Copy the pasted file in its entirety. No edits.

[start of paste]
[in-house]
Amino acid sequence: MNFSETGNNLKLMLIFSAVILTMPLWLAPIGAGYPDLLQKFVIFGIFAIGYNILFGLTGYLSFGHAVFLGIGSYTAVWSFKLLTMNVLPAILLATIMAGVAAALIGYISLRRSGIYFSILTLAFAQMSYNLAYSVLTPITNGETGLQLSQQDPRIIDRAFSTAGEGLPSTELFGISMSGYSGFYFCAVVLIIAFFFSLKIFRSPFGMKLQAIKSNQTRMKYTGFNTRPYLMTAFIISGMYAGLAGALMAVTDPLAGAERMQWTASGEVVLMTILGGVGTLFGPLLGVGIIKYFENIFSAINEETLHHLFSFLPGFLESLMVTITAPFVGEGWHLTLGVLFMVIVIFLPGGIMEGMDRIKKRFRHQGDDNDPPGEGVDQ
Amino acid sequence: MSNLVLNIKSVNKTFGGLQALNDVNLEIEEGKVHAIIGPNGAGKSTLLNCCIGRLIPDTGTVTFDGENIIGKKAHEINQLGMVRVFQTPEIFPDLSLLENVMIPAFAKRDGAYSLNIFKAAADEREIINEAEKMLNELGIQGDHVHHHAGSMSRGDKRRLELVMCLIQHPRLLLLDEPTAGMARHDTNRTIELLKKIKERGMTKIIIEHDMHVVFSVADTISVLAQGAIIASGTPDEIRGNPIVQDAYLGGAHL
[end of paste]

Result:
[in-house]
Amino acid sequence: MNFSETGNNLKLMLIFSAVILTMPLWLAPIGAGYPDLLQKFVIFGIFAIGYNILFGLTGYLSFGHAVFLGIGSYTAVWSFKLLTMNVLPAILLATIMAGVAAALIGYISLRRSGIYFSILTLAFAQMSYNLAYSVLTPITNGETGLQLSQQDPRIIDRAFSTAGEGLPSTELFGISMSGYSGFYFCAVVLIIAFFFSLKIFRSPFGMKLQAIKSNQTRMKYTGFNTRPYLMTAFIISGMYAGLAGALMAVTDPLAGAERMQWTASGEVVLMTILGGVGTLFGPLLGVGIIKYFENIFSAINEETLHHLFSFLPGFLESLMVTITAPFVGEGWHLTLGVLFMVIVIFLPGGIMEGMDRIKKRFRHQGDDNDPPGEGVDQ
Amino acid sequence: MSNLVLNIKSVNKTFGGLQALNDVNLEIEEGKVHAIIGPNGAGKSTLLNCCIGRLIPDTGTVTFDGENIIGKKAHEINQLGMVRVFQTPEIFPDLSLLENVMIPAFAKRDGAYSLNIFKAAADEREIINEAEKMLNELGIQGDHVHHHAGSMSRGDKRRLELVMCLIQHPRLLLLDEPTAGMARHDTNRTIELLKKIKERGMTKIIIEHDMHVVFSVADTISVLAQGAIIASGTPDEIRGNPIVQDAYLGGAHL